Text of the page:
“The Biden administration,” CNN reports, “is considering using outside firms to track extremist chatter by Americans online.”
Federal law enforcement agencies are legally and constitutionally forbidden to monitor the private activities of citizens without first getting warrants based on probable cause to believe those citizens have committed, or are committing, crimes.
The feds can browse public social media posts and so forth, but secretly trawling private groups and hacking encrypted chats is off-limits.
Private companies and nonprofit civic organizations, not being government entities, don’t need warrants or probable cause to access those private discussion areas.
The administration’s bright idea is that through partnership with these non-government entities, they can get around legal and constitutional barriers: “WE didn’t collect the information. THEY collected the information, then gave it to us.”
There are several flies in that ointment. Here’s a big one:
It’s entirely understandable that — to use an entirely hypothetical example — someone with the Southern Poverty Law Center might impersonate a fictional white supremacist to get into a private Ku Klux Klan chat room and see what those people are up to.
But the U.S. Department of Justice says it’s illegal (under the Computer Fraud and Abuse Act) to evade terms of service with false identities.
A government partnership with an organization that gathers information in that way is no different than the government partnering with a burglar to find out what you have in your house, without the bother of convincing a judge there’s probable cause to issue a search warrant. It is, quite simply, criminal conspiracy.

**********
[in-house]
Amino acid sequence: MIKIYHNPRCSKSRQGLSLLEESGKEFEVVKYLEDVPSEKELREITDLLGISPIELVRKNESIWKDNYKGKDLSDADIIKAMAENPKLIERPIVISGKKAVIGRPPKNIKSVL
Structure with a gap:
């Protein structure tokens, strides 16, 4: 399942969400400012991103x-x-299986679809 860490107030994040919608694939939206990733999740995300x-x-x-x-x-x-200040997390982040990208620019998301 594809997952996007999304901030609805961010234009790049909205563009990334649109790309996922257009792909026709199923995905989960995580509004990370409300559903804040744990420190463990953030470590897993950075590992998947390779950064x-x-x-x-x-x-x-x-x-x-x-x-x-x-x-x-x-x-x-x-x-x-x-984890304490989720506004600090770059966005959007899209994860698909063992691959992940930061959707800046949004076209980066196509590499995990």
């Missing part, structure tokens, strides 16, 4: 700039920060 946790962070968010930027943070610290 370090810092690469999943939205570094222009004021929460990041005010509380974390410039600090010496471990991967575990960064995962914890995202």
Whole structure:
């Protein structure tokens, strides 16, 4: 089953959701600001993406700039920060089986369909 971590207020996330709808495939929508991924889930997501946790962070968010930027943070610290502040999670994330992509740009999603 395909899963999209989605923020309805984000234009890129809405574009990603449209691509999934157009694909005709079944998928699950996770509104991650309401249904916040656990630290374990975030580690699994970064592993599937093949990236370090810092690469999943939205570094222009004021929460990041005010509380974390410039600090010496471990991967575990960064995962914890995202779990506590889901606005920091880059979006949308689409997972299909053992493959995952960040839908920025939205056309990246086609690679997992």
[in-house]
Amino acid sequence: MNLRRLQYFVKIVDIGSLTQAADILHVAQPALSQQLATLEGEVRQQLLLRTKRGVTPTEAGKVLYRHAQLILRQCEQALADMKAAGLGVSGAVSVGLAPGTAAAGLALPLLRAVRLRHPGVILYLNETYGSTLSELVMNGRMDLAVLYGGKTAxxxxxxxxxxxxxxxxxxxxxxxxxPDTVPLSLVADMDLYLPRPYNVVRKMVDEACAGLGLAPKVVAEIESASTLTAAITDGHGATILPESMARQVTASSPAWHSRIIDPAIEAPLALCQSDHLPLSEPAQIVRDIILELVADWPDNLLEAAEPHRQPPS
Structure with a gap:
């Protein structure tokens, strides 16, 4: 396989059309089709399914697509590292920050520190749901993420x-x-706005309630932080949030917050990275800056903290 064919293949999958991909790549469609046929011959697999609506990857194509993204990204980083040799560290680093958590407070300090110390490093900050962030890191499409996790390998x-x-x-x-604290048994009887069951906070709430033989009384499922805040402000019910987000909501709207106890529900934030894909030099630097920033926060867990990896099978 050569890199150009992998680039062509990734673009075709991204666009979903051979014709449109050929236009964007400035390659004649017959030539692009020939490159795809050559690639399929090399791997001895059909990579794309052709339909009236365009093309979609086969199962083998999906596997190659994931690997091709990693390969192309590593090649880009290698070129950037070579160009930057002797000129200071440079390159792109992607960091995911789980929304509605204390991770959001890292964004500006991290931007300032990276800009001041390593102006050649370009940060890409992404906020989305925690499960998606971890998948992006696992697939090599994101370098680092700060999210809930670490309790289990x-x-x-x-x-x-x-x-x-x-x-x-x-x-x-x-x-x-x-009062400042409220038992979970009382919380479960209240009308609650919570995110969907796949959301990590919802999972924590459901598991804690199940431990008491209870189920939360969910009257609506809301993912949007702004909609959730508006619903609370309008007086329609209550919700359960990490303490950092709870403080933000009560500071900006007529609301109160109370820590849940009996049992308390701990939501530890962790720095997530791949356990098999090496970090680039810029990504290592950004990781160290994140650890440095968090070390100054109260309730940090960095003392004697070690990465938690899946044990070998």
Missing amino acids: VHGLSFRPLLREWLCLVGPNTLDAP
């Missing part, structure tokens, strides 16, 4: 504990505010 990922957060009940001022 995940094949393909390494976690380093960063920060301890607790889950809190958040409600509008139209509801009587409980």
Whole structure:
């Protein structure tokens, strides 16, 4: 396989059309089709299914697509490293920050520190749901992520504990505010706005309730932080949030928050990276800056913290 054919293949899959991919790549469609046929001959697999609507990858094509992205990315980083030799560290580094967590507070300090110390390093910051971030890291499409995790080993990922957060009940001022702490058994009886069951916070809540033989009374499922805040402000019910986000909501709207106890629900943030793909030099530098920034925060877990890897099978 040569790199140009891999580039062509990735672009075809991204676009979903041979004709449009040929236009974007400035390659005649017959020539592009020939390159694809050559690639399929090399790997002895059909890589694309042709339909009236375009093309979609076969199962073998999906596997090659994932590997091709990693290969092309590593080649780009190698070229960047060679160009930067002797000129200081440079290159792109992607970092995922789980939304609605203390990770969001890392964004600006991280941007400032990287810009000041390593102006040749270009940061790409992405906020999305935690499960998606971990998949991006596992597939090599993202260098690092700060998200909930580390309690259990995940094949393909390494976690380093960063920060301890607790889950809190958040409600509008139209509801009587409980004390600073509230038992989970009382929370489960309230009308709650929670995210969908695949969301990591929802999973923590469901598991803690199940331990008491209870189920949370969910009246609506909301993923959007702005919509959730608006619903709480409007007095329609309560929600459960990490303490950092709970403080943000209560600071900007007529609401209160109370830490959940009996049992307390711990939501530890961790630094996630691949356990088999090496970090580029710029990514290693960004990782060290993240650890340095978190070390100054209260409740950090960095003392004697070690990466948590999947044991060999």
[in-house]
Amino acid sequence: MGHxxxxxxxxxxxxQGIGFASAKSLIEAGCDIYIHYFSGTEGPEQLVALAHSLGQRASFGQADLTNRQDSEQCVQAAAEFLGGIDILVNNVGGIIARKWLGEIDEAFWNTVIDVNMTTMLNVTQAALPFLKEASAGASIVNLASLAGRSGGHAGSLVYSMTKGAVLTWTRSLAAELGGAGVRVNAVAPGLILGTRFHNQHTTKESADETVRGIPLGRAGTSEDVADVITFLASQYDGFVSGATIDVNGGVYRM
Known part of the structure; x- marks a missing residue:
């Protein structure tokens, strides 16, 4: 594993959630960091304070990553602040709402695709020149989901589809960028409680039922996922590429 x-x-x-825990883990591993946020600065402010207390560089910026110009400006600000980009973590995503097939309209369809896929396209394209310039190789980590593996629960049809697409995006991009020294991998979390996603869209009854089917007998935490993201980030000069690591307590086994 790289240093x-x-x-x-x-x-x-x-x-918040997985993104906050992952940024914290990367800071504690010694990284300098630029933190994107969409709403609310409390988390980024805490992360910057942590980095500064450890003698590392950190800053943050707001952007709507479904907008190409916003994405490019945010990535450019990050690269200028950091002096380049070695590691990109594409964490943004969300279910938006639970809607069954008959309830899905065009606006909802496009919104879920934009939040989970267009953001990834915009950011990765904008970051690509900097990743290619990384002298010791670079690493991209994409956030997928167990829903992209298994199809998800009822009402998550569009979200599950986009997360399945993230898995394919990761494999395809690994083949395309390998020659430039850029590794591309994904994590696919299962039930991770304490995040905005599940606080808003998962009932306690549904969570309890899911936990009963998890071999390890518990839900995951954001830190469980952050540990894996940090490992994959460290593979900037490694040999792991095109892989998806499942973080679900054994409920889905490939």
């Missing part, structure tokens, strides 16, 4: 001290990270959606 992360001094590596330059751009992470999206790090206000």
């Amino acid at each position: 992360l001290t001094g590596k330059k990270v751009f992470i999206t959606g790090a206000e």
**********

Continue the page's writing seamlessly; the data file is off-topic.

As with so many political and social issues arising in the Internet age, we’re coming up against a big question that urgently needs answering:
At what point does “working with” government amount to “being part of” government?
Much of the “private” tech sector makes big money on government contracts.
NBC News reports, based on a 2020 Tech Inquiry expose, that Microsoft enjoys thousands of subcontracts with the U.S. Department of Defense and federal law enforcement. Amazon has more than 350 such subcontracts with agencies like ICE and the FBI. Google, more than 250.
What about the “nonprofit” sector? According to the National Council of NonProfits, 31.8% of nonprofit revenues are tied to government grants and contracts.
When these entities do things FOR government, they should be held to the same standards and limits AS government. And those standards and limits should put our freedom and privacy first.
Thomas L. Knapp (Twitter: @thomaslknapp) is director and senior news analyst at the William Lloyd Garrison Center for Libertarian Advocacy Journalism (thegarrisoncenter.org). He lives and works in north-central Florida.